Molokai
by Alan Brennert
Discussion Questions:
1. The book's opening paragraph likens Hawai'i in the 19th century to a garden. In what ways is Hawai'i comparable to another, Biblical, garden?

2. Given what was known at the time of the causes and contagion of leprosy, was the Hawaiian government's isolation of patients on Moloka'i justified or not?

3. How is Hawai'i's treatment of leprosy patients similar to today's treatment of SARS and AIDS patients? How is it different?

4. What does 'ohana mean? How does it manifest itself throughout Rachel's life?

5. What does surfing represent to Rachel?

6. Rachel's mother Dorothy embraced Christianity; her adopted auntie, Haleola, is a believer in the old Hawaiian religion. What does Rachel believe in?

7. There are many men in Rachel's life--her father Henry, her Uncle Pono, her first lover Nahoa, her would-be lover Jake, her husband Kenji. What do they have in common? What don't they?

8. Rachel's full name is Rachel Aouli Kalama Utagawa. What does each of her names represent?

9. Did you as a reader regard Leilani as a man or a woman?

10. Discuss the parallels and inversions between the tale of heroic mythology Rachel relates on pages 296-298, and what happens to Kenji later in this chapter.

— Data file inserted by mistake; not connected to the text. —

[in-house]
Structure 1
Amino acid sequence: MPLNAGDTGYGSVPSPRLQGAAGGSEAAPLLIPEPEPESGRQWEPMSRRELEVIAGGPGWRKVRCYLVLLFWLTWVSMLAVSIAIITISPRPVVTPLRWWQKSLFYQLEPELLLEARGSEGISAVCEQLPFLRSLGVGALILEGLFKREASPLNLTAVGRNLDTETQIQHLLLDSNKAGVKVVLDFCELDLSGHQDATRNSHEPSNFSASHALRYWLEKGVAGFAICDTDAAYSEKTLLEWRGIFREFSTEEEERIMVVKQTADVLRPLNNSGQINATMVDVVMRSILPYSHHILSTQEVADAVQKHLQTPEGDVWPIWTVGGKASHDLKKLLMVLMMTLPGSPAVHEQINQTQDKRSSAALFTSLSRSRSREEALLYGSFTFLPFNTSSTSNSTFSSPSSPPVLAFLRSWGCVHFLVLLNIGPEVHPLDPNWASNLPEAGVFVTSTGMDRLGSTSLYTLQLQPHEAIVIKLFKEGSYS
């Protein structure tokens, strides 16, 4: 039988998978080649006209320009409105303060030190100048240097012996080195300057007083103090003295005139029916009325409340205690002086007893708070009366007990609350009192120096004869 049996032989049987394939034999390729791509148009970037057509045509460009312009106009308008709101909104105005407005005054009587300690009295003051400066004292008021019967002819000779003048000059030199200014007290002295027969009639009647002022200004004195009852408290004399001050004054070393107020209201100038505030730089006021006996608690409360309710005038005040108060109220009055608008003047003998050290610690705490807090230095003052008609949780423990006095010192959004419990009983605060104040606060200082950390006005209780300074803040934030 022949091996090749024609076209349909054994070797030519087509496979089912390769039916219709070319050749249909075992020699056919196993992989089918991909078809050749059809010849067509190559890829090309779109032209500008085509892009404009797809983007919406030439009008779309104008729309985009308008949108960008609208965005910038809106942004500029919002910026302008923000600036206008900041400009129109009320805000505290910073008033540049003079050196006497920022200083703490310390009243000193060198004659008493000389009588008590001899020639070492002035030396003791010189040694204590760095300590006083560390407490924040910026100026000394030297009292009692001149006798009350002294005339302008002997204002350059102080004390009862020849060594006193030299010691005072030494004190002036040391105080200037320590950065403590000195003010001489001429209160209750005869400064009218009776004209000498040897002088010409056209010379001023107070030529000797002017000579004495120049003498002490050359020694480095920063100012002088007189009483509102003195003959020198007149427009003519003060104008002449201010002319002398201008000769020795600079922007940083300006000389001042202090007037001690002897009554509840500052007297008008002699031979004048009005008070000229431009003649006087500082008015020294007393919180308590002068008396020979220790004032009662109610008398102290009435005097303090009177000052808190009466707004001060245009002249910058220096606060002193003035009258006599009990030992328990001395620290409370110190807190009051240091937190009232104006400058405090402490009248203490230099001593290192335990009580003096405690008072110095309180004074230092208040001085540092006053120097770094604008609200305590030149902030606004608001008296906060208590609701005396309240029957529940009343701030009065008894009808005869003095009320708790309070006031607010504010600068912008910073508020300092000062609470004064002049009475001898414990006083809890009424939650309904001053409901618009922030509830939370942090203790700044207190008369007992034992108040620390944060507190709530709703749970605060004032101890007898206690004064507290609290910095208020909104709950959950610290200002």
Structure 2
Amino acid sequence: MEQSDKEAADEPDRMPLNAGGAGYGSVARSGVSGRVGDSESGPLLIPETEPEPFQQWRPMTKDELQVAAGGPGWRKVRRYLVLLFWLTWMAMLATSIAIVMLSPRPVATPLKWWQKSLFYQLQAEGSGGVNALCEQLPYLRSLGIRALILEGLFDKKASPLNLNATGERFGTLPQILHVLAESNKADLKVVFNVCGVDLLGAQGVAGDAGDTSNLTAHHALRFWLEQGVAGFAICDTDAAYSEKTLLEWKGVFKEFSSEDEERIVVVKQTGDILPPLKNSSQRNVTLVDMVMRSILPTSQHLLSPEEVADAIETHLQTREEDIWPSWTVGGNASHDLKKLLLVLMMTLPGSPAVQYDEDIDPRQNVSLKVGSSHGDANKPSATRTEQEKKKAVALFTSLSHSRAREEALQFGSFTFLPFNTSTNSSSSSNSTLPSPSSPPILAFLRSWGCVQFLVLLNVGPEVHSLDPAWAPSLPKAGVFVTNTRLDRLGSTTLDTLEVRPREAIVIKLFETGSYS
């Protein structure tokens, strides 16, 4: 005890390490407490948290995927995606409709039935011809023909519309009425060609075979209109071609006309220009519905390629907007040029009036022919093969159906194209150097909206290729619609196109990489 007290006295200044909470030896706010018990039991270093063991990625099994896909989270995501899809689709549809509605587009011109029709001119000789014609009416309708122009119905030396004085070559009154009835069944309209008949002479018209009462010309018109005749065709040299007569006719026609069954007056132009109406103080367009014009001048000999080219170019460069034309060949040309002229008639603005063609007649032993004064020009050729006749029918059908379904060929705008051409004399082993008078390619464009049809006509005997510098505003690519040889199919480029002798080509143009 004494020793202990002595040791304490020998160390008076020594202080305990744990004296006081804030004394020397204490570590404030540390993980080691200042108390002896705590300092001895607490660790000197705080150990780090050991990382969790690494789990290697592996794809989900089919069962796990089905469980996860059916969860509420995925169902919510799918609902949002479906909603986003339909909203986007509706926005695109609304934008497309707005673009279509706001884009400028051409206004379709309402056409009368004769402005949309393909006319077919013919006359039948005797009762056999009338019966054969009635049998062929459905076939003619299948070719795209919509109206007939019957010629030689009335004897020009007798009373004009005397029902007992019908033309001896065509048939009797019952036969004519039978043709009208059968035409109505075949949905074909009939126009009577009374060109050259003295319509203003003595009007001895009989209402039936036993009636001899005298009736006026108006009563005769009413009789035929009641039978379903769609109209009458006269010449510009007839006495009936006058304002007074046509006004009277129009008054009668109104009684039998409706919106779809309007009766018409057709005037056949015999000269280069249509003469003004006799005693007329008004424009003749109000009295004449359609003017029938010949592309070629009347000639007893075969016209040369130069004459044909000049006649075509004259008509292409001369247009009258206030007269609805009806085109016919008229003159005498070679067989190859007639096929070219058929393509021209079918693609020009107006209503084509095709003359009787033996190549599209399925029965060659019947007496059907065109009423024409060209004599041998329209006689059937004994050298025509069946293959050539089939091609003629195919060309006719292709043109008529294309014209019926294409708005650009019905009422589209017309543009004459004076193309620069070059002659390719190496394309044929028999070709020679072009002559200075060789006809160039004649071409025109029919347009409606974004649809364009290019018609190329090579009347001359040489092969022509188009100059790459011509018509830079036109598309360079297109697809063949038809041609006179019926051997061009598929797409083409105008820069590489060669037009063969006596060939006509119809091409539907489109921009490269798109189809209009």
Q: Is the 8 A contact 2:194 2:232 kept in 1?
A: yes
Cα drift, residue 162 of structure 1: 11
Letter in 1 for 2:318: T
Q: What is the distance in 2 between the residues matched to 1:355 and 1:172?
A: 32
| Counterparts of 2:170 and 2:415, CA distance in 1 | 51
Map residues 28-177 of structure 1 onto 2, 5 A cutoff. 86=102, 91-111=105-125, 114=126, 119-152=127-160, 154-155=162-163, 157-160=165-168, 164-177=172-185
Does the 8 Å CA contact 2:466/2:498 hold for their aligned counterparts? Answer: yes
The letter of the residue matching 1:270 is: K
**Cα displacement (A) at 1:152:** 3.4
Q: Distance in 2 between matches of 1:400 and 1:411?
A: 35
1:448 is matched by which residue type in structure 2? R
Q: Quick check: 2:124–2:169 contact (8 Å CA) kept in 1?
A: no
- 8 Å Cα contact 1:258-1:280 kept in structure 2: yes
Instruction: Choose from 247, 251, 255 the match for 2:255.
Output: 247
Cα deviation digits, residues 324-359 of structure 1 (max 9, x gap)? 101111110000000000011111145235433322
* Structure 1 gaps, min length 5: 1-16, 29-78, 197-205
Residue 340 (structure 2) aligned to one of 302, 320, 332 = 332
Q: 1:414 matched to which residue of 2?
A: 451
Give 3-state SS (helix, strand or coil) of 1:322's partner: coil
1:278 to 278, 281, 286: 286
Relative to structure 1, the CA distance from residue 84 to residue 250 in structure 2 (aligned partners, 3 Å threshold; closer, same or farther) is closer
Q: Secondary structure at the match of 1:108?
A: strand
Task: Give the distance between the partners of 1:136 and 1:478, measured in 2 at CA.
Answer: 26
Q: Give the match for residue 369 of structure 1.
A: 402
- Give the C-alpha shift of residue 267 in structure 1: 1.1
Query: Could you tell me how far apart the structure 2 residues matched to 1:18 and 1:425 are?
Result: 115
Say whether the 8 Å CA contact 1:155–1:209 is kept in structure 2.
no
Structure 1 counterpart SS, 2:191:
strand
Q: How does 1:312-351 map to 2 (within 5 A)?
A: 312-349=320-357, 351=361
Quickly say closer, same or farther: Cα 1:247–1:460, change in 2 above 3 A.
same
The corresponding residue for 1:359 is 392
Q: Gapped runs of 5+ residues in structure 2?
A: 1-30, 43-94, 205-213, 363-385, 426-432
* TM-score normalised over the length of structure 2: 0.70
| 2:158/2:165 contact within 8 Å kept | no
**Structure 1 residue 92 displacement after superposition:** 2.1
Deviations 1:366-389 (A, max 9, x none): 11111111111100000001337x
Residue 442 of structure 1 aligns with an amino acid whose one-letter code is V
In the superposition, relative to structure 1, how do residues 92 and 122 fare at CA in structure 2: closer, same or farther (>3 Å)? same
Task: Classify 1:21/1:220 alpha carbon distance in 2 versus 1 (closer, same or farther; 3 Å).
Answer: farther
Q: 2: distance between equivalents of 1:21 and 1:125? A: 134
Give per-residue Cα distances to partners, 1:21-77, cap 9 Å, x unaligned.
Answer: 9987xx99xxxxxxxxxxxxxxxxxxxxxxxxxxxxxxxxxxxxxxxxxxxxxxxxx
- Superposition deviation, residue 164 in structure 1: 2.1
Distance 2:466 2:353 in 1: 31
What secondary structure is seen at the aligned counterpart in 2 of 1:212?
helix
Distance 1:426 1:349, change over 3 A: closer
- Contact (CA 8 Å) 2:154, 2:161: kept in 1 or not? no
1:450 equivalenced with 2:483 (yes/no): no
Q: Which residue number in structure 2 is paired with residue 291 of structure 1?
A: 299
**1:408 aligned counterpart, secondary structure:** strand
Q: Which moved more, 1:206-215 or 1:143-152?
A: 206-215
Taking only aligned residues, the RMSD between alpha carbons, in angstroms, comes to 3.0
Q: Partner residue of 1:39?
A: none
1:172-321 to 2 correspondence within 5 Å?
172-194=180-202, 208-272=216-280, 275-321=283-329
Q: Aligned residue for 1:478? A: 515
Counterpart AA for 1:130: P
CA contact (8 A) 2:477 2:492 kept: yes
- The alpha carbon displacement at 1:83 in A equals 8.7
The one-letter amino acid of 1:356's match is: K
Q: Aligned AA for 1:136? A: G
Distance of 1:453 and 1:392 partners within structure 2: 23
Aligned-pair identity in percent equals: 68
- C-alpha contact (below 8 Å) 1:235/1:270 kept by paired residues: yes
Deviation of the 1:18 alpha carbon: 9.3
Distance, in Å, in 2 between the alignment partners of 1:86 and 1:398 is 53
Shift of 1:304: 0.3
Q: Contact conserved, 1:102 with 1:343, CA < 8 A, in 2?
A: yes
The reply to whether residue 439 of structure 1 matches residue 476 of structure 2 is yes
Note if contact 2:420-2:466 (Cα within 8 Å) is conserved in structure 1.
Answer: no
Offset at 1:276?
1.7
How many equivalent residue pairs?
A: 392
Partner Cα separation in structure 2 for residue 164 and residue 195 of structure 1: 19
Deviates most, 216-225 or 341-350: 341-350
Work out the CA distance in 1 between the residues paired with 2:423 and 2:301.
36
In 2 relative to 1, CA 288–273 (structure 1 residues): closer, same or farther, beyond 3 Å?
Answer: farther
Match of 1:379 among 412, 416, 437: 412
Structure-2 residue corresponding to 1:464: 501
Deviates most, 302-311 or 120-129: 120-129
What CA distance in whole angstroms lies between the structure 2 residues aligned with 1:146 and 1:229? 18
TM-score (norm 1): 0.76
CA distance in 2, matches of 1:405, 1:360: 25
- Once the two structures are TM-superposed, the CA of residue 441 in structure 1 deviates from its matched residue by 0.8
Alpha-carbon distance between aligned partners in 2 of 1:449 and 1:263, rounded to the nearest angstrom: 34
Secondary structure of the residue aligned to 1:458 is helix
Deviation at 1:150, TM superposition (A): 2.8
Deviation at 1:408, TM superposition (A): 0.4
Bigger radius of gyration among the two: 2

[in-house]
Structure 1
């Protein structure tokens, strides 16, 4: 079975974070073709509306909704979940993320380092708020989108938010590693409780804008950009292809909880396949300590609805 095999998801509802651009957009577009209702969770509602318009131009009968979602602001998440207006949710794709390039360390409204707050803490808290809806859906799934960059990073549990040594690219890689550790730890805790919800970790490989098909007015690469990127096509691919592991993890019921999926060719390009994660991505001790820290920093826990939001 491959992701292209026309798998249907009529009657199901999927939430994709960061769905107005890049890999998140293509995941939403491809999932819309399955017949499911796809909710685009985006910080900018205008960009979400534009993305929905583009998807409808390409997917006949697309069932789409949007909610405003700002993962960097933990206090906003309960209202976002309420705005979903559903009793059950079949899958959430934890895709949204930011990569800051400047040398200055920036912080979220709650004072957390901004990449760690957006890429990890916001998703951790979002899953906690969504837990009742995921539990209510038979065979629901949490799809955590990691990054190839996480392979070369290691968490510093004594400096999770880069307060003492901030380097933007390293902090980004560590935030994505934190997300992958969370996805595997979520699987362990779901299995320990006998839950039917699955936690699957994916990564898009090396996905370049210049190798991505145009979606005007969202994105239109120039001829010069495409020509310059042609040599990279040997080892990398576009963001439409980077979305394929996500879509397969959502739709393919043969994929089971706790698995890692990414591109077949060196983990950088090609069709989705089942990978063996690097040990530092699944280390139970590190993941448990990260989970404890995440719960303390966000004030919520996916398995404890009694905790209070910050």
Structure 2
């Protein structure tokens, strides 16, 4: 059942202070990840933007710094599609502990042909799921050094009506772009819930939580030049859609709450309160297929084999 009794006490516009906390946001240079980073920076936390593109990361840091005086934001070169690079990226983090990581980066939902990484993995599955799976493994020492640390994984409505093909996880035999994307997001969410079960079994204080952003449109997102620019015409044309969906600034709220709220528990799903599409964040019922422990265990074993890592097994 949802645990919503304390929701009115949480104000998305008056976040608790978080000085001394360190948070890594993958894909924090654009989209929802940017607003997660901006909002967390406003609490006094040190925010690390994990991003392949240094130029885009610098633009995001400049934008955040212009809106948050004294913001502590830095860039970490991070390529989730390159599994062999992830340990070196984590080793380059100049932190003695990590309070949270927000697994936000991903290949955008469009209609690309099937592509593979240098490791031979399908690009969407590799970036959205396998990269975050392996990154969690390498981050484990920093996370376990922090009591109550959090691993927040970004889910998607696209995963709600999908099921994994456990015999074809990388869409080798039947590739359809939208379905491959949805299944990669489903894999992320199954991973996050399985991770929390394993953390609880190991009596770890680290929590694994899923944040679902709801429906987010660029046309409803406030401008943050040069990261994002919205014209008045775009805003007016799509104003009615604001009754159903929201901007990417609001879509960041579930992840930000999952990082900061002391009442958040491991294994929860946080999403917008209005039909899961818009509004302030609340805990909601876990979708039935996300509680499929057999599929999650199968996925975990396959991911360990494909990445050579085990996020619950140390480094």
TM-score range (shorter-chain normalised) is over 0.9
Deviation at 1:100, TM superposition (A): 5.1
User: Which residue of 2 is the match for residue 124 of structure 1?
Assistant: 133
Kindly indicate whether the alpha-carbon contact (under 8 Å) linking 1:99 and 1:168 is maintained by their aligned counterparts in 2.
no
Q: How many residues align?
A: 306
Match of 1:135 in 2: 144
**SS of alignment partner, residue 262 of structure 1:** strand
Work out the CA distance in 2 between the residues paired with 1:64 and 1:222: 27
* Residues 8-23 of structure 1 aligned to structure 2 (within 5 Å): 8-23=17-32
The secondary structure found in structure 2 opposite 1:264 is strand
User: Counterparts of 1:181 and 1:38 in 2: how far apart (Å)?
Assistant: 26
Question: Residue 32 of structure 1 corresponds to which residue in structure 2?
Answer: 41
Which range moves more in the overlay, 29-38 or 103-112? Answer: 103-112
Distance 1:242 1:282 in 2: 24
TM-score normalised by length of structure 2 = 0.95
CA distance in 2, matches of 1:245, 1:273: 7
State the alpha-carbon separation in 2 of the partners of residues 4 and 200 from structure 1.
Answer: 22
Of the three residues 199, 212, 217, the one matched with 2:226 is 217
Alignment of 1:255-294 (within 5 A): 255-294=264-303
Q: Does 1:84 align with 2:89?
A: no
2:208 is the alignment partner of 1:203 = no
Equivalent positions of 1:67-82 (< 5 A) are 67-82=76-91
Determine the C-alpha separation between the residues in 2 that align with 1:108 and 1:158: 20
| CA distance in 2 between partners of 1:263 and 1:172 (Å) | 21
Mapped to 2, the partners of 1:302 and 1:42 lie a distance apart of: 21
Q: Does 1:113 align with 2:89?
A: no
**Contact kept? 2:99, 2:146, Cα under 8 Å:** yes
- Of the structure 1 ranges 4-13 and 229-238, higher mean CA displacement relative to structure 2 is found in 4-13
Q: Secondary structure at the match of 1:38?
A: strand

11. Imagine yourself in the place of Rachelís mother, Dorothy Kalama. How would you have handled the situation?

12. The novel tells us a little, but not all, of what Sarah Kalama feels after her accidental betrayal of her sister Rachel. Imagine what kind of feelings, and personal growth, she might have gone through in the decades following this incident.

13. In what ways is Ruth like her biological mother? How do you envision her relationship with Rachel evolving and maturing in the twenty years between 1948 and 1970?

14. Considering the United States' role in the overthrow of the Hawaiian monarchy, was the American response adequate or not? In recent years a "Hawaiian sovereignty" movement has gathered momentum in the islands--do you feel they

(Discussion Questions by Publisher)


Book Club Talking Points:
The first thing that comes to mind when reading this book is how does society deal with communicable diseases that have serious consequences? Also, in hindsight, were people diagnosed with Leprosy treated fairly or did society owe them more. There is also a lot of loss and longing in this novel that anyone with strong family bonds or children will relate to intellectually and emotionally. The story sounds dark, but the author does a great job of infusing hope and a sense of happiness for small victories and personal accomplishments.

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